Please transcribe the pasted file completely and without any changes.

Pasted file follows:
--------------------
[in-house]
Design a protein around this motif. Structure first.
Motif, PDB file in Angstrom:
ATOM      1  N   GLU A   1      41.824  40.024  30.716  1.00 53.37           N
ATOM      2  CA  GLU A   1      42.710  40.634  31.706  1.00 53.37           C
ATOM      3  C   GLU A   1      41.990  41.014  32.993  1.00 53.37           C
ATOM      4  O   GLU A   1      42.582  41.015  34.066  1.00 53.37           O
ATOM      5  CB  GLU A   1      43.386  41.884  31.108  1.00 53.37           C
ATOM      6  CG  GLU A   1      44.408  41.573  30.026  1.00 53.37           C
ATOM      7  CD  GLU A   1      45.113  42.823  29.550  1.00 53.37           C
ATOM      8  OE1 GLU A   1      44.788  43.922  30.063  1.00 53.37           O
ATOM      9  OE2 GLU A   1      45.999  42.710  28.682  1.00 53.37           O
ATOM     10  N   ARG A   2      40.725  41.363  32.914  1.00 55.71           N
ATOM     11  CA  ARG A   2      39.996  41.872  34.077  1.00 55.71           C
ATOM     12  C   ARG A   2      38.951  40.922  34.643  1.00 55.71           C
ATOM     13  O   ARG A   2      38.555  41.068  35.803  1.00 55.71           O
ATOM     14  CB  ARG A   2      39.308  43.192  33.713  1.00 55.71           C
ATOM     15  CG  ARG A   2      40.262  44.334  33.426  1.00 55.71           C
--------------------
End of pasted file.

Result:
[in-house]
Design a protein around this motif. Structure first.
Motif, PDB file in Angstrom:
ATOM      1  N   GLU A   1      41.824  40.024  30.716  1.00 53.37           N
ATOM      2  CA  GLU A   1      42.710  40.634  31.706  1.00 53.37           C
ATOM      3  C   GLU A   1      41.990  41.014  32.993  1.00 53.37           C
ATOM      4  O   GLU A   1      42.582  41.015  34.066  1.00 53.37           O
ATOM      5  CB  GLU A   1      43.386  41.884  31.108  1.00 53.37           C
ATOM      6  CG  GLU A   1      44.408  41.573  30.026  1.00 53.37           C
ATOM      7  CD  GLU A   1      45.113  42.823  29.550  1.00 53.37           C
ATOM      8  OE1 GLU A   1      44.788  43.922  30.063  1.00 53.37           O
ATOM      9  OE2 GLU A   1      45.999  42.710  28.682  1.00 53.37           O
ATOM     10  N   ARG A   2      40.725  41.363  32.914  1.00 55.71           N
ATOM     11  CA  ARG A   2      39.996  41.872  34.077  1.00 55.71           C
ATOM     12  C   ARG A   2      38.951  40.922  34.643  1.00 55.71           C
ATOM     13  O   ARG A   2      38.555  41.068  35.803  1.00 55.71           O
ATOM     14  CB  ARG A   2      39.308  43.192  33.713  1.00 55.71           C
ATOM     15  CG  ARG A   2      40.262  44.334  33.426  1.00 55.71           C